Finding balance - blind faith, skepticism have their place at right time, in moderation

  • Published
  • By Maj. Corey Beaverson
  • 772nd Test Squadron Operations director
When asked to write an article for this column my first thoughts were of not having much to say of value to such a wide audience. After some time it became clear that what I could offer is some insight gained through my blivets - seemingly unsolvable and often unpleasant situations - in the private sector and the Air Force.

As the operations officer for the 772nd Test Squadron, I would consider myself a mid-level leader, at least in the context of the Air Force Flight Test Center and 412th Test Wing. As such, I often find myself communicating commanders' and senior leadership's intent to the squadron and those junior to me. One of the things I have struggled with in this role is skepticism in the audience.

Now don't misunderstand, I have no issue with clarifying direction or a perspective to someone or even questions from an opposing position. But at some point, caveat emptor seems to take over and the devil's advocate becomes more of a problem than an attempt to offer a different perspective. I suppose my struggle lies with an element or characteristic of followership. It's also appropriate to state that I too have found myself questioning how much skepticism is healthy and when and where it's best applied.

Of course, our military is full of examples where there is zero tolerance for skepticism: a Marine storming a beachhead, an infantryman taking a hill, a combat pilot assisting troops in contact, etc. We've freely taken an oath to do just that; do what we're told when we're told to do it.

On the other hand there are many great examples where skepticism is critical to mission accomplishment - test and evaluation of weapon systems for example. If systems always worked as designed we would have found ourselves in a different line of work long ago. I submit though that most of us live and work somewhere between these endpoints of the spectrum and therein lies the basis for potential problems.

I am confident that it would take little effort for any one of us to recall a situation from work where we have formed an opinion about a particular decision or statement that was made by our senior leadership only to change our opinion entirely once a missing piece of information was provided, thus allowing us to see a bigger picture. Likewise, I am sure that we can all remember a time when we were led down a path based on trusting but not verifying what we were told and later found out information was missing that would have influenced a different direction.

It seems easy to recognize that in the workplace, both those with blind faith and the cynical skeptics can be detrimental to accomplishing our mission. So there lies the challenge that we all face - finding balance between the faith that those above us know all of the variables at play and a skepticism that maybe they are missing a detail or a bit of knowledge that we have, and that it might just change the outcome altogether.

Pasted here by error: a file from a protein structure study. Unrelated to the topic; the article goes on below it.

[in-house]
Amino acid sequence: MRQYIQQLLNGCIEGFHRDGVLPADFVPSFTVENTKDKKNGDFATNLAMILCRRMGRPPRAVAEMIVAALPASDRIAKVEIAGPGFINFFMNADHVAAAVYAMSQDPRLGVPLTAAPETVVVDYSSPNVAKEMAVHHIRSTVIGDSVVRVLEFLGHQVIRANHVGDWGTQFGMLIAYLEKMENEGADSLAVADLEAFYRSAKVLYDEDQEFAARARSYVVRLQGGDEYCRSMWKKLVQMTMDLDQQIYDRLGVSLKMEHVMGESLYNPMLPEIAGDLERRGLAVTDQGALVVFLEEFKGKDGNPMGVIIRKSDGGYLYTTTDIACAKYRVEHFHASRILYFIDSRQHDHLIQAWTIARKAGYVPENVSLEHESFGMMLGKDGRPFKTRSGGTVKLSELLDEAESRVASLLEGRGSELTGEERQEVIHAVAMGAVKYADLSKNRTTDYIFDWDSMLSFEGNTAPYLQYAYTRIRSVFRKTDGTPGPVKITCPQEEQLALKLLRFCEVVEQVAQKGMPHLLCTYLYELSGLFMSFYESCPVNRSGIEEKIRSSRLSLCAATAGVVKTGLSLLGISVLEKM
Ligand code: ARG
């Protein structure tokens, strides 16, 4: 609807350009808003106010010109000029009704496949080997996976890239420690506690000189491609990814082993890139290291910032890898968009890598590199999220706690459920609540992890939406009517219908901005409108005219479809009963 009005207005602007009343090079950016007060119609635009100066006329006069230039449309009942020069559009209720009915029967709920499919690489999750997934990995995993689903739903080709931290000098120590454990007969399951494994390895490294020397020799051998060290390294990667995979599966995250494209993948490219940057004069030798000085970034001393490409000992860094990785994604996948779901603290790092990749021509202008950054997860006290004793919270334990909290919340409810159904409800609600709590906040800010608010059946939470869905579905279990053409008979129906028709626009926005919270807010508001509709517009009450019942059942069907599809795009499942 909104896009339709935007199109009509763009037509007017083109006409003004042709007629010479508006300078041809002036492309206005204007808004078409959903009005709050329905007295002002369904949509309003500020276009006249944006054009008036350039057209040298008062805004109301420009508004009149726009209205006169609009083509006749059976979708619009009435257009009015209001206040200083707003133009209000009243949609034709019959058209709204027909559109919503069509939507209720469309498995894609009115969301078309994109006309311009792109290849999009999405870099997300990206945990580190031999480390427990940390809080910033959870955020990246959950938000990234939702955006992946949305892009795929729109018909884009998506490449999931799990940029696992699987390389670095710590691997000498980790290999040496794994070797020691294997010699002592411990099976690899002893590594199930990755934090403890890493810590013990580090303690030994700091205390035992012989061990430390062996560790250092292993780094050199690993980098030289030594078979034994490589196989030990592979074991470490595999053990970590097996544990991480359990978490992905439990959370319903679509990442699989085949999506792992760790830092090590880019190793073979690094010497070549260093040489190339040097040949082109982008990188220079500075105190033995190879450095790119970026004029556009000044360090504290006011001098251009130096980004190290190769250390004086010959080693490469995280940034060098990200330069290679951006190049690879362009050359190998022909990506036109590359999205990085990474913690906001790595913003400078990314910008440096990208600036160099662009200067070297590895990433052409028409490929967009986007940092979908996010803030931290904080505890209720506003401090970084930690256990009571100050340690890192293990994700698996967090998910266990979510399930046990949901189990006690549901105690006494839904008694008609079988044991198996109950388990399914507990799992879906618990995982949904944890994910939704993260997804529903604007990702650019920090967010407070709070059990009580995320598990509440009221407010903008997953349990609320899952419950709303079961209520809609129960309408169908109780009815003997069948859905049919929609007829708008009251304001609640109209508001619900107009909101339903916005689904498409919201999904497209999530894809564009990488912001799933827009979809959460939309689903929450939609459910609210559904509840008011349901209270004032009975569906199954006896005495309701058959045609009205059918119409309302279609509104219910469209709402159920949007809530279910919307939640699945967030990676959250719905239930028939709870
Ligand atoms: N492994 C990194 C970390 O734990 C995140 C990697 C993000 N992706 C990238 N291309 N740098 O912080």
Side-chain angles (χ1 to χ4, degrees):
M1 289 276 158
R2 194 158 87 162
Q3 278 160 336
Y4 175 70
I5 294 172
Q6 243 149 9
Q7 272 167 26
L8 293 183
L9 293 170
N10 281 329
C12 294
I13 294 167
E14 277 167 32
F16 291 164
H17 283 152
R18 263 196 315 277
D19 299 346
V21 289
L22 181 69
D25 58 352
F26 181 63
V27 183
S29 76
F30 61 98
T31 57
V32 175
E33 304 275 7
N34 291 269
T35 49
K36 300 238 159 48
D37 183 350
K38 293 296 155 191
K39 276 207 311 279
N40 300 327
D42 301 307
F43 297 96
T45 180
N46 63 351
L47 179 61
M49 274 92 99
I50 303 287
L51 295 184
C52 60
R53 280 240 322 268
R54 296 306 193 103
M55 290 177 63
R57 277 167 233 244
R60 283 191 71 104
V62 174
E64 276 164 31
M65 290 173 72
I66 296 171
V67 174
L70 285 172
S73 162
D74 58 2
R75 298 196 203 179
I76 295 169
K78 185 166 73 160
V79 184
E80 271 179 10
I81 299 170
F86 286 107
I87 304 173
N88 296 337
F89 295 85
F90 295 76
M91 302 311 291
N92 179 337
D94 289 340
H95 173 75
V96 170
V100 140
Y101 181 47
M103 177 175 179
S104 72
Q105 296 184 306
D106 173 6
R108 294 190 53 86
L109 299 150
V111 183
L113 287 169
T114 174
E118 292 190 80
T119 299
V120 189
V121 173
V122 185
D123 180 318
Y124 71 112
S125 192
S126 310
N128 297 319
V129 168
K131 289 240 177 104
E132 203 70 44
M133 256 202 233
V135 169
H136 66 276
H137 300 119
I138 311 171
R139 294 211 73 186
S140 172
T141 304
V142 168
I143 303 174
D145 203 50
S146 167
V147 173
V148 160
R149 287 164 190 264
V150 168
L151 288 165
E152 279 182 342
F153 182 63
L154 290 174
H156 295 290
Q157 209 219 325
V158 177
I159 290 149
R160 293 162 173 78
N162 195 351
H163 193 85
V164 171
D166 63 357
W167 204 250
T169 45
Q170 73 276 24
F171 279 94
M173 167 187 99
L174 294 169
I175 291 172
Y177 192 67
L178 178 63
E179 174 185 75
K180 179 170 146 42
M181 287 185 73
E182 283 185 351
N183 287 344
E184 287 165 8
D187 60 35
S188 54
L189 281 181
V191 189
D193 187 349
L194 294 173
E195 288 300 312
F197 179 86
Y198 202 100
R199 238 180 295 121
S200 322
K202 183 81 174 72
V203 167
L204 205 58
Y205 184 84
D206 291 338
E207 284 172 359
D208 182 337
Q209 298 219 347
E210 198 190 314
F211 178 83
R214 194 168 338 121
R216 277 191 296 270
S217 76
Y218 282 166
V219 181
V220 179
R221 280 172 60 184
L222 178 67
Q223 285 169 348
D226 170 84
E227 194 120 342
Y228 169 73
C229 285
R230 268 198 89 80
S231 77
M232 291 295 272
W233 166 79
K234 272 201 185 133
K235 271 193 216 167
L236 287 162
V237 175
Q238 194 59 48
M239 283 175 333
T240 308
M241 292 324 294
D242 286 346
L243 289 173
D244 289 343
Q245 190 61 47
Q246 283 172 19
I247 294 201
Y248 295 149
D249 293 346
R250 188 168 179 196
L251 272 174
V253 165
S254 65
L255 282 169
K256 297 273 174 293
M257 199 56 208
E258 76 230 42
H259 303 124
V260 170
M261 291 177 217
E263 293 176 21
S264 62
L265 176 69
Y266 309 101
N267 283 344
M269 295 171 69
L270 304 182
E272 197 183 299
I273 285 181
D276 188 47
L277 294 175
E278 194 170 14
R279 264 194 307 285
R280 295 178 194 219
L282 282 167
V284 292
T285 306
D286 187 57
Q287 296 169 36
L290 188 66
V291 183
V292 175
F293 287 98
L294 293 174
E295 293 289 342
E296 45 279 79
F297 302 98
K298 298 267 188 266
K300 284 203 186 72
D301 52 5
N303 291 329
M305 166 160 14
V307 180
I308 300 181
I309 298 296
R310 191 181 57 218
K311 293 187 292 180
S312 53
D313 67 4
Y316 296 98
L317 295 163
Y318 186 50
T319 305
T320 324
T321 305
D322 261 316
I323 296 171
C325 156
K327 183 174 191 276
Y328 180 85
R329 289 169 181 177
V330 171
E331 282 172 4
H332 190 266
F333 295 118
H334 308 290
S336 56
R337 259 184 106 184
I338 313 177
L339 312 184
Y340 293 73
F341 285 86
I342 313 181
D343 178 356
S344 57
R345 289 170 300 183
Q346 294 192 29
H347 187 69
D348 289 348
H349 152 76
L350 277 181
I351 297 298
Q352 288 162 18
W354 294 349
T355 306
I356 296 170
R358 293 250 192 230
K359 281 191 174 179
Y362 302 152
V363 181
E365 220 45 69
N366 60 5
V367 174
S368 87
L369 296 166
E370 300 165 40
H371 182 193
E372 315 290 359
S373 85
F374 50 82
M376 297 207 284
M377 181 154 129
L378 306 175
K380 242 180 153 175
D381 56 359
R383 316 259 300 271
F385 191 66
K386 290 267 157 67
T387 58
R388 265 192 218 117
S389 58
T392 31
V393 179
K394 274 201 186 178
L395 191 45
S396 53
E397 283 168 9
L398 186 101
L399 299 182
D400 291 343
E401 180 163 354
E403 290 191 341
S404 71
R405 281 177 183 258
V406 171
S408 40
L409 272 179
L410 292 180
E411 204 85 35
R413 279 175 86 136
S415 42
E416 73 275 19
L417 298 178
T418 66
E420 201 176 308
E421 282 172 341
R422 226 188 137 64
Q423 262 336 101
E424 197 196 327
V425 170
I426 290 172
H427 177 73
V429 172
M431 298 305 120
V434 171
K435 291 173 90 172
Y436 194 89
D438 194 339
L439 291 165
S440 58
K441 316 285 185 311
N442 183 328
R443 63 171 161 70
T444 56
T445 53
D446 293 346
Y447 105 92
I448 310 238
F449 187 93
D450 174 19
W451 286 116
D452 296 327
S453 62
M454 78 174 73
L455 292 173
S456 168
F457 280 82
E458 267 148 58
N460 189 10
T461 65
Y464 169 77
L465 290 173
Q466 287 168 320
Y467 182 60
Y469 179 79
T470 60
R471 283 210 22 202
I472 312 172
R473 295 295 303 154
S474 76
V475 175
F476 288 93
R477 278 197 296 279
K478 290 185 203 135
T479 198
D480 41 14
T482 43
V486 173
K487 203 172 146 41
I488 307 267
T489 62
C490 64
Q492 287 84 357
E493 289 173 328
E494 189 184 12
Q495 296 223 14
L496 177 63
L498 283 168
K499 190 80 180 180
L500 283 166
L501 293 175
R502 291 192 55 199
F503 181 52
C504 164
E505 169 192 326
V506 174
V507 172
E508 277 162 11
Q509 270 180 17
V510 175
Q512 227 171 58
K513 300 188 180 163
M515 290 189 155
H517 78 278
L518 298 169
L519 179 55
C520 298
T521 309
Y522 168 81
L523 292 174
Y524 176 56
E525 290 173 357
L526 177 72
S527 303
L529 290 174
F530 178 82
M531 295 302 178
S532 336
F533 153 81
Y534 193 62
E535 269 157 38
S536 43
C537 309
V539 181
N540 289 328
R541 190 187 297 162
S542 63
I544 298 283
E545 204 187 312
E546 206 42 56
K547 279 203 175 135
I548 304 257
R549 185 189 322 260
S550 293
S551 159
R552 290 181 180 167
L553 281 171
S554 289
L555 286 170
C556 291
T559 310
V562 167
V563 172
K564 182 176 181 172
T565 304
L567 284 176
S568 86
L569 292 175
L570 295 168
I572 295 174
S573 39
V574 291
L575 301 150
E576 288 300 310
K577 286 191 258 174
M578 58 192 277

To me, one approach to finding the middle ground is to examine the extremes.

In epistemology, the branch of philosophy dealing with the study of knowledge, skepticism is either viewed as a threat or problem that must be dealt with or it's ignored altogether. In more practical terms, a conspiracy theorist is so skeptical that any attempt to offer an alternative view is labeled as part of the conspiracy itself. Another example would be fanatical partisans who surround themselves with the views and media outlets of their own party and abhorrently deny any alternative that calls into question their own views.

In the workplace the extreme skeptic is often one who opposes every idea and rarely if ever offers any solution to a problem. Rather they relish in highlighting the problem instead of teaming to solve it.

The other extreme is blind faith; those who believe in someone or something so completely or for ulterior reasons have chosen to stifle any curiosity and refuse to question even the most obvious red flags.

In the workplace, some would consider these the 'yes men,' those who blindly follow the leader or decision-maker without ever even caring to know the details of why a particular decision was made. Another example is the set-in-his-ways worker, who may very well be accomplishing a task the best way possible, but is unwilling to allow anyone to question that maybe there is a better way. It could be that the worker has fallen into a pattern and come to believe there is no other way or that outside circumstances have changed that no longer require the task to be performed in the same manner.

So the challenge for each of us is understanding the latitude of our individual roles and what our positions in the workplace offer in terms of when it is OK, or even necessary, to be skeptical and when we must salute smartly.

In a similar manner, when Aristotle spoke of courage he said that courage requires avoiding the extremes of cowardice and foolhardiness. Likewise, his treatment of temperance is avoiding the extremes of insensibility and self-indulgence. Unfortunately, there is no recipe, no class or training, and no pill to take to instill healthy skepticism in us.

Some would say it's common sense, it's staying in your lane, it's staying out of others rice bowls. But we all know that sometimes it's a country road with no markings, or a rice bowl on a large platter of nesting bowls. Most of us live and work in between those endpoints of the spectrum. I like to believe that in some cases the recognition of a principle or idea is enough to make us aware, and that awareness spurs a conscious effort with the idea in mind - in this case moderating faith and skepticism in our daily activities.

Ad Inexplorata!